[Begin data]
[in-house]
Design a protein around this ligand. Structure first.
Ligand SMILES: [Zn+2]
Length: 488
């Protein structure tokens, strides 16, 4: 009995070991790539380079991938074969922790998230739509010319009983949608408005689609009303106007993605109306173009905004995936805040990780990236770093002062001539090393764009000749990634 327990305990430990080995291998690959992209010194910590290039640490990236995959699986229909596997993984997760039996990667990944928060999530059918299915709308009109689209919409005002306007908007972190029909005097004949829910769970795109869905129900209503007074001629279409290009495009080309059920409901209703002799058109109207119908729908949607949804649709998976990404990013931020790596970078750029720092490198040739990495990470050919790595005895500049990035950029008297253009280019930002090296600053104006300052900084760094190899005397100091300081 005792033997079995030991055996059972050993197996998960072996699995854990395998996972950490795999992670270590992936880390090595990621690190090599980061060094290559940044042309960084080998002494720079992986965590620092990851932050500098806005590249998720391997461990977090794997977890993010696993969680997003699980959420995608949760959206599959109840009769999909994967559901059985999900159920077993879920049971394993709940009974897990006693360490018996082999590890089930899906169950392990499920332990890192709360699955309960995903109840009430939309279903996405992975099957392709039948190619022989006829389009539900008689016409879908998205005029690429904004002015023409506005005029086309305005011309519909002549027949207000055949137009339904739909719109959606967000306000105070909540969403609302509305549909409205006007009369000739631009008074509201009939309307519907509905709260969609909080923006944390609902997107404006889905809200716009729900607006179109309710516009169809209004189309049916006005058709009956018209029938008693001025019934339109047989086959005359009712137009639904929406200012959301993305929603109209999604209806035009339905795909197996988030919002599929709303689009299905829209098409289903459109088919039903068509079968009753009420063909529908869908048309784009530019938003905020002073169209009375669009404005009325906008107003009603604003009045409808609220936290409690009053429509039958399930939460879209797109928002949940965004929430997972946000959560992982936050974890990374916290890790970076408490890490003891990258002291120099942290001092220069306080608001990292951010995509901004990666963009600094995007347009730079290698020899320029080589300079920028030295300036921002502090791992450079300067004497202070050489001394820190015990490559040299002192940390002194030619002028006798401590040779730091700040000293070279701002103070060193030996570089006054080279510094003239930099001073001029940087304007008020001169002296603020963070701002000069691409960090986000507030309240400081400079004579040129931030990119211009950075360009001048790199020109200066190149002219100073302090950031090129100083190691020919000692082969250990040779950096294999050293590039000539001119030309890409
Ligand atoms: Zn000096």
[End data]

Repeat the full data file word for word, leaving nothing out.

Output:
[in-house]
Design a protein around this ligand. Structure first.
Ligand SMILES: [Zn+2]
Length: 488
């Protein structure tokens, strides 16, 4: 009995070991790539380079991938074969922790998230739509010319009983949608408005689609009303106007993605109306173009905004995936805040990780990236770093002062001539090393764009000749990634 327990305990430990080995291998690959992209010194910590290039640490990236995959699986229909596997993984997760039996990667990944928060999530059918299915709308009109689209919409005002306007908007972190029909005097004949829910769970795109869905129900209503007074001629279409290009495009080309059920409901209703002799058109109207119908729908949607949804649709998976990404990013931020790596970078750029720092490198040739990495990470050919790595005895500049990035950029008297253009280019930002090296600053104006300052900084760094190899005397100091300081 005792033997079995030991055996059972050993197996998960072996699995854990395998996972950490795999992670270590992936880390090595990621690190090599980061060094290559940044042309960084080998002494720079992986965590620092990851932050500098806005590249998720391997461990977090794997977890993010696993969680997003699980959420995608949760959206599959109840009769999909994967559901059985999900159920077993879920049971394993709940009974897990006693360490018996082999590890089930899906169950392990499920332990890192709360699955309960995903109840009430939309279903996405992975099957392709039948190619022989006829389009539900008689016409879908998205005029690429904004002015023409506005005029086309305005011309519909002549027949207000055949137009339904739909719109959606967000306000105070909540969403609302509305549909409205006007009369000739631009008074509201009939309307519907509905709260969609909080923006944390609902997107404006889905809200716009729900607006179109309710516009169809209004189309049916006005058709009956018209029938008693001025019934339109047989086959005359009712137009639904929406200012959301993305929603109209999604209806035009339905795909197996988030919002599929709303689009299905829209098409289903459109088919039903068509079968009753009420063909529908869908048309784009530019938003905020002073169209009375669009404005009325906008107003009603604003009045409808609220936290409690009053429509039958399930939460879209797109928002949940965004929430997972946000959560992982936050974890990374916290890790970076408490890490003891990258002291120099942290001092220069306080608001990292951010995509901004990666963009600094995007347009730079290698020899320029080589300079920028030295300036921002502090791992450079300067004497202070050489001394820190015990490559040299002192940390002194030619002028006798401590040779730091700040000293070279701002103070060193030996570089006054080279510094003239930099001073001029940087304007008020001169002296603020963070701002000069691409960090986000507030309240400081400079004579040129931030990119211009950075360009001048790199020109200066190149002219100073302090950031090129100083190691020919000692082969250990040779950096294999050293590039000539001119030309890409
Ligand atoms: Zn000096």